Tuesday, April 27, 2010

The Virtues

Tuesday, April 27, 2010 -- Week of 4 Easter
Christina Rossetti, Poet, 1894

Today's Readings for the Daily Office (Book of Common Prayer, p. 961)
Psalms 45 (morning)       47, 48 (evening)
Exodus 32:21-34
1 Thessalonians 1:1-10
Matthew 5:11-16

First, a note about the new observance from our proposed calendar Holy Women, Holy Men
Christina Rossetti [1830-December 29, 1894] One of the most celebrated poets of her day, she was the most talented member of an artistic Anglo-Italian family. A devout Anglican, she also wrote books on spirituality. Author of the hymn In the bleak midwinter. (April 27)

"We always give thanks to God for all of you and mention you in our prayers, constantly remembering before our God and Father your work of faith and labor of love and steadfastness of hope in our Lord Jesus Christ."

It is a good thing to remember one another in our prayers.  Like many people I carry a prayer list with me.  It includes people who are ill or living with challenges that I am drawn to pray for.  I offer to God my care and concern for them and ask God's presence and goodness for them.  I also mention and remember my family and close friends and ask God's blessing for them.  As we draw closer to God, we are simultaneously drawing closer to one another.

I also regularly "give thanks to God" for St. Paul's congregation and "remember before our God and Father" the work and worship, the service and relationships that ground our community.  Note how Paul phrases his prayer for the church in Thessoliniki:  "constantly remembering ...your work of faith and labor of love and steadfastness of hope in our Lord Jesus Christ."  That trio of faith, hope and love appears often in Paul.  Traditional theology calls these three the "theological virtues."  Faith, as active trust in God; Hope, grounding our trust in God's presence and power; Love or Charity, unlimited loving-kindness toward God and others.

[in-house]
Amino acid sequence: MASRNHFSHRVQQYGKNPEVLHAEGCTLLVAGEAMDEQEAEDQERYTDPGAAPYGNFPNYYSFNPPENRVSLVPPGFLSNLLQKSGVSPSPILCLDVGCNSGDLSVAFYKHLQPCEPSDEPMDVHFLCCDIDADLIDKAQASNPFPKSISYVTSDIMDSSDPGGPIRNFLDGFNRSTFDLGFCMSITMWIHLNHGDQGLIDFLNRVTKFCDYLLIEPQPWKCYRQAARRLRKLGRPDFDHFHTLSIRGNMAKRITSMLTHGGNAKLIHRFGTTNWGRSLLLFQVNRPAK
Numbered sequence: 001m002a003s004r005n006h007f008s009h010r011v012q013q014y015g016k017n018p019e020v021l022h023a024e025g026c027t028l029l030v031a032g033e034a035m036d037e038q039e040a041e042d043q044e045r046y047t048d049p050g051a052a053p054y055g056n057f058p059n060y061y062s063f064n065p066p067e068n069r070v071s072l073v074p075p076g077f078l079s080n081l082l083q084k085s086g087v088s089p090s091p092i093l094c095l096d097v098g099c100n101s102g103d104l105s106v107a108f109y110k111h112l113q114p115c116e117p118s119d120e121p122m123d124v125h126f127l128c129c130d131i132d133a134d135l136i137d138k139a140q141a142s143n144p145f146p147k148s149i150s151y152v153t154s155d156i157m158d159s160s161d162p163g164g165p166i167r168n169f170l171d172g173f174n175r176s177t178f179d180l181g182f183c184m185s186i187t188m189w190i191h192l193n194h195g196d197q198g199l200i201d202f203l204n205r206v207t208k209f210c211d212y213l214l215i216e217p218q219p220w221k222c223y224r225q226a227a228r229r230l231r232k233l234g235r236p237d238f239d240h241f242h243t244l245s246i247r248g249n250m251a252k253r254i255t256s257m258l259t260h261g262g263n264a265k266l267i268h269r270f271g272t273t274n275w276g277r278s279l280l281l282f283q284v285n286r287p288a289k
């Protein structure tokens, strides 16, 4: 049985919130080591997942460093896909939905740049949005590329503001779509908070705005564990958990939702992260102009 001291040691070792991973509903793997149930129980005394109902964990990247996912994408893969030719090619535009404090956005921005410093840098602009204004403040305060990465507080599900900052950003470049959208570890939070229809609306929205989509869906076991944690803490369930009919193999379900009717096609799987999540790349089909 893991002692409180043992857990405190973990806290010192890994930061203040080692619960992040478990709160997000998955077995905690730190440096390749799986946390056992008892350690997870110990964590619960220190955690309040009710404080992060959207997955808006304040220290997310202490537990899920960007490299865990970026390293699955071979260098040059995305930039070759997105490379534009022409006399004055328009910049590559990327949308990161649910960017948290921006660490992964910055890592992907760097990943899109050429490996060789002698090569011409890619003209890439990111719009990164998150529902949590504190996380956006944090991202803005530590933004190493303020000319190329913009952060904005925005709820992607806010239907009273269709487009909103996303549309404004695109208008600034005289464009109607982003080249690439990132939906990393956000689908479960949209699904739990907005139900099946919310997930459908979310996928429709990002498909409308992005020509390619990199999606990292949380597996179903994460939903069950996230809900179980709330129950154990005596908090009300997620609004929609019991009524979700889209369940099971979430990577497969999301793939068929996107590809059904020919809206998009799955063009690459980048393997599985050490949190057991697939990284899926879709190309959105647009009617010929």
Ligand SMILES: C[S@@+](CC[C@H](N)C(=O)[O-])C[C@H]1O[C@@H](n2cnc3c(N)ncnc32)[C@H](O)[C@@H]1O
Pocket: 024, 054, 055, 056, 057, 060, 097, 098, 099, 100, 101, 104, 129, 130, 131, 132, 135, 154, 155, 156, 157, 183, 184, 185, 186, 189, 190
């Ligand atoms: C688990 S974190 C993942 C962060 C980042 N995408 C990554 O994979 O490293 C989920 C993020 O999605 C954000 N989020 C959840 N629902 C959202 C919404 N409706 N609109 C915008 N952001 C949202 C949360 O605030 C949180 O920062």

Classical Catholic theology combines these three theological virtues with the four "cardinal virtues" to create a list of seven cardinal virtues.  Faith, Hope and Love are thus combined with Prudence, Justice, Restraint/Temperance, and Courage/Fortitude to create a classical list of qualities that Christians are invited to practice.  St. Augustine said this of the four cardinal virtues:  "For these four virtues (would that all felt their influence in their minds as they have their names in their mouths!), I should have no hesitation in defining them: that temperance is love giving itself entirely to that which is loved; fortitude is love readily bearing all things for the sake of the loved object; justice is love serving only the loved object, and therefore ruling rightly; prudence is love distinguishing with sagacity between what hinders it and what helps it."  As Augustine related these four to love, so Paul closes his famous essay in 1 Corinthians 13 with the words, "And now faith, hope, and love abide, these three; and the greatest of these is love."  Thus, we are reminded of Jesus' summary of the law and prophets in the single commandment to love:  Love God, neighbor and self.

In addition to a prayer list, it might not be a bad thing to also keep a virtue list.  Just as we remember those for whom we are called to pray, it is not a bad idea to remember the ideals and virtues that we are called to live by:


Concluding with Paul's prayer:  "For we know, brothers and sisters beloved by God, that God has chosen you, because our message of the gospel came to you not in word only, but also in power and in the Holy Spirit and with full conviction; ...so that you became an example to all the believers..."  Living under the seven virtues is a way to become an example to all the believers.



Audio podcast: Listen to an audio podcast of the most recent Morning Reflections from today and the past week. Click the following link: Morning Reflection Podcasts

About Morning Reflections
Morning Reflections is a brief thought about the scripture readings from the Daily Office of Morning and Evening Prayer according to the practice found in the Book of Common Prayer of the Episcopal Church.

Morning Prayer begins on p. 80 of the Book of Common Prayer.
Evening Prayer begins on p. 117
An online resource for praying the Daily Office is found at www.missionstclare.com
Another form of the office from Phyllis Tickle's "Divine Hours" is available on our partner web site www.ExploreFaith.org at this location -- http://explorefaith.org/prayer/fixed/index.html

The Mission of St. Paul's Episcopal Church
is to explore and celebrate
God's infinite grace, acceptance, and love.

Visit our web site at www.stpaulsfay.org

Our Rule of Life
We aspire to...
worship weekly
pray daily
learn constantly
serve joyfully
live generously.

Lowell Grisham, Rector
St. Paul's Episcopal Church
Fayetteville, Arkansas


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